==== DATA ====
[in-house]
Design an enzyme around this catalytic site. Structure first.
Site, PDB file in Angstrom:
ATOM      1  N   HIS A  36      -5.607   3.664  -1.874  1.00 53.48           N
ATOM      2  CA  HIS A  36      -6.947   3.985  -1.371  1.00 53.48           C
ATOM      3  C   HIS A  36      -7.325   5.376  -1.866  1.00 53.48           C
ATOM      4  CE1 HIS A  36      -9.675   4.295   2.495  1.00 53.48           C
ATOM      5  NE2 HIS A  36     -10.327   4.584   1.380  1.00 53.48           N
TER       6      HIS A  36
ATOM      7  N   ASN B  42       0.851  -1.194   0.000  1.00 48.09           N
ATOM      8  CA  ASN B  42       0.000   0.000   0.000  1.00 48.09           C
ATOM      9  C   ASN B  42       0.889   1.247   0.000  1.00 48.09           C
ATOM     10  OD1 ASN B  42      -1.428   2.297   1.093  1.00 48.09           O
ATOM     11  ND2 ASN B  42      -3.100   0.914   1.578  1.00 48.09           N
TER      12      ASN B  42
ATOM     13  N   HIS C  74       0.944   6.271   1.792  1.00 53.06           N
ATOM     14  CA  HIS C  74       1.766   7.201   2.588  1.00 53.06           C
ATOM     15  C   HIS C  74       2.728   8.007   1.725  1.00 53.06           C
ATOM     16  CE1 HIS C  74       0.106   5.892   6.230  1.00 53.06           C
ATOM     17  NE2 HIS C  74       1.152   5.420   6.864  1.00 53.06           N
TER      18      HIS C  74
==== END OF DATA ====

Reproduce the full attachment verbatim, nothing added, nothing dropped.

[in-house]
Design an enzyme around this catalytic site. Structure first.
Site, PDB file in Angstrom:
ATOM      1  N   HIS A  36      -5.607   3.664  -1.874  1.00 53.48           N
ATOM      2  CA  HIS A  36      -6.947   3.985  -1.371  1.00 53.48           C
ATOM      3  C   HIS A  36      -7.325   5.376  -1.866  1.00 53.48           C
ATOM      4  CE1 HIS A  36      -9.675   4.295   2.495  1.00 53.48           C
ATOM      5  NE2 HIS A  36     -10.327   4.584   1.380  1.00 53.48           N
TER       6      HIS A  36
ATOM      7  N   ASN B  42       0.851  -1.194   0.000  1.00 48.09           N
ATOM      8  CA  ASN B  42       0.000   0.000   0.000  1.00 48.09           C
ATOM      9  C   ASN B  42       0.889   1.247   0.000  1.00 48.09           C
ATOM     10  OD1 ASN B  42      -1.428   2.297   1.093  1.00 48.09           O
ATOM     11  ND2 ASN B  42      -3.100   0.914   1.578  1.00 48.09           N
TER      12      ASN B  42
ATOM     13  N   HIS C  74       0.944   6.271   1.792  1.00 53.06           N
ATOM     14  CA  HIS C  74       1.766   7.201   2.588  1.00 53.06           C
ATOM     15  C   HIS C  74       2.728   8.007   1.725  1.00 53.06           C
ATOM     16  CE1 HIS C  74       0.106   5.892   6.230  1.00 53.06           C
ATOM     17  NE2 HIS C  74       1.152   5.420   6.864  1.00 53.06           N
TER      18      HIS C  74